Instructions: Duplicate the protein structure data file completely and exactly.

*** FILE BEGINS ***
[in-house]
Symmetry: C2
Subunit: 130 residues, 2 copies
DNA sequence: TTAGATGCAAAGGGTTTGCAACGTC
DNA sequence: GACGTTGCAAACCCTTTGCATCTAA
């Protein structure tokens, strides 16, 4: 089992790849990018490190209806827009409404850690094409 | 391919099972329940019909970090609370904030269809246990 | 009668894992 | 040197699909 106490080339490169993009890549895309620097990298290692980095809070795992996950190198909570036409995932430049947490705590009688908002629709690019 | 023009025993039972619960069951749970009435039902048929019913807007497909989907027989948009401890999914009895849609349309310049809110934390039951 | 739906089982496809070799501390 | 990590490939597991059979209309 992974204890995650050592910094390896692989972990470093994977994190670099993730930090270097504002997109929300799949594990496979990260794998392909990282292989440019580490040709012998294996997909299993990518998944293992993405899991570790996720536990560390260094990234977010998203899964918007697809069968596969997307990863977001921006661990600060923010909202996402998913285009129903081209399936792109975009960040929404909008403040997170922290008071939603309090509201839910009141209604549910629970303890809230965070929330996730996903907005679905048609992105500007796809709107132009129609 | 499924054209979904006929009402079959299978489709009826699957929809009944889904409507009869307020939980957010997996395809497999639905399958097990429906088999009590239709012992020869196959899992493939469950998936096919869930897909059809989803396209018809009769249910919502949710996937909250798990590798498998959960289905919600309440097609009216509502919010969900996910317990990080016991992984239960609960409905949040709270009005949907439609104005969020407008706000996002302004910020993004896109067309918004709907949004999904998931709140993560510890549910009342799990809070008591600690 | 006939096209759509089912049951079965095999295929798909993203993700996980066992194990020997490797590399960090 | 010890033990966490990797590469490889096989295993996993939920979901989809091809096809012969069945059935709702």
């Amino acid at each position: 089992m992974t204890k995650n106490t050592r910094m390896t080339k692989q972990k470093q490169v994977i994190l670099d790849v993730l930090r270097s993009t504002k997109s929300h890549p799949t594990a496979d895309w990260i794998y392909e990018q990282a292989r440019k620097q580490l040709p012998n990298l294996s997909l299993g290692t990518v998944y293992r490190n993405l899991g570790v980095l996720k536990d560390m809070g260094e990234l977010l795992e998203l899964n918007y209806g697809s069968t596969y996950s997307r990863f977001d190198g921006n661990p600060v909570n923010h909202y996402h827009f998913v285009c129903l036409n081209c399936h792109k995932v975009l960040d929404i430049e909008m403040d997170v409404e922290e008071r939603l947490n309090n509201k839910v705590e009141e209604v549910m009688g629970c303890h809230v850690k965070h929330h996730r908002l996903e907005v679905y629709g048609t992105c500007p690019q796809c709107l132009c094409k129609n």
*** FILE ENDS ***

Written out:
[in-house]
Symmetry: C2
Subunit: 130 residues, 2 copies
DNA sequence: TTAGATGCAAAGGGTTTGCAACGTC
DNA sequence: GACGTTGCAAACCCTTTGCATCTAA
């Protein structure tokens, strides 16, 4: 089992790849990018490190209806827009409404850690094409 | 391919099972329940019909970090609370904030269809246990 | 009668894992 | 040197699909 106490080339490169993009890549895309620097990298290692980095809070795992996950190198909570036409995932430049947490705590009688908002629709690019 | 023009025993039972619960069951749970009435039902048929019913807007497909989907027989948009401890999914009895849609349309310049809110934390039951 | 739906089982496809070799501390 | 990590490939597991059979209309 992974204890995650050592910094390896692989972990470093994977994190670099993730930090270097504002997109929300799949594990496979990260794998392909990282292989440019580490040709012998294996997909299993990518998944293992993405899991570790996720536990560390260094990234977010998203899964918007697809069968596969997307990863977001921006661990600060923010909202996402998913285009129903081209399936792109975009960040929404909008403040997170922290008071939603309090509201839910009141209604549910629970303890809230965070929330996730996903907005679905048609992105500007796809709107132009129609 | 499924054209979904006929009402079959299978489709009826699957929809009944889904409507009869307020939980957010997996395809497999639905399958097990429906088999009590239709012992020869196959899992493939469950998936096919869930897909059809989803396209018809009769249910919502949710996937909250798990590798498998959960289905919600309440097609009216509502919010969900996910317990990080016991992984239960609960409905949040709270009005949907439609104005969020407008706000996002302004910020993004896109067309918004709907949004999904998931709140993560510890549910009342799990809070008591600690 | 006939096209759509089912049951079965095999295929798909993203993700996980066992194990020997490797590399960090 | 010890033990966490990797590469490889096989295993996993939920979901989809091809096809012969069945059935709702």
């Amino acid at each position: 089992m992974t204890k995650n106490t050592r910094m390896t080339k692989q972990k470093q490169v994977i994190l670099d790849v993730l930090r270097s993009t504002k997109s929300h890549p799949t594990a496979d895309w990260i794998y392909e990018q990282a292989r440019k620097q580490l040709p012998n990298l294996s997909l299993g290692t990518v998944y293992r490190n993405l899991g570790v980095l996720k536990d560390m809070g260094e990234l977010l795992e998203l899964n918007y209806g697809s069968t596969y996950s997307r990863f977001d190198g921006n661990p600060v909570n923010h909202y996402h827009f998913v285009c129903l036409n081209c399936h792109k995932v975009l960040d929404i430049e909008m403040d997170v409404e922290e008071r939603l947490n309090n509201k839910v705590e009141e209604v549910m009688g629970c303890h809230v850690k965070h929330h996730r908002l996903e907005v679905y629709g048609t992105c500007p690019q796809c709107l132009c094409k129609n």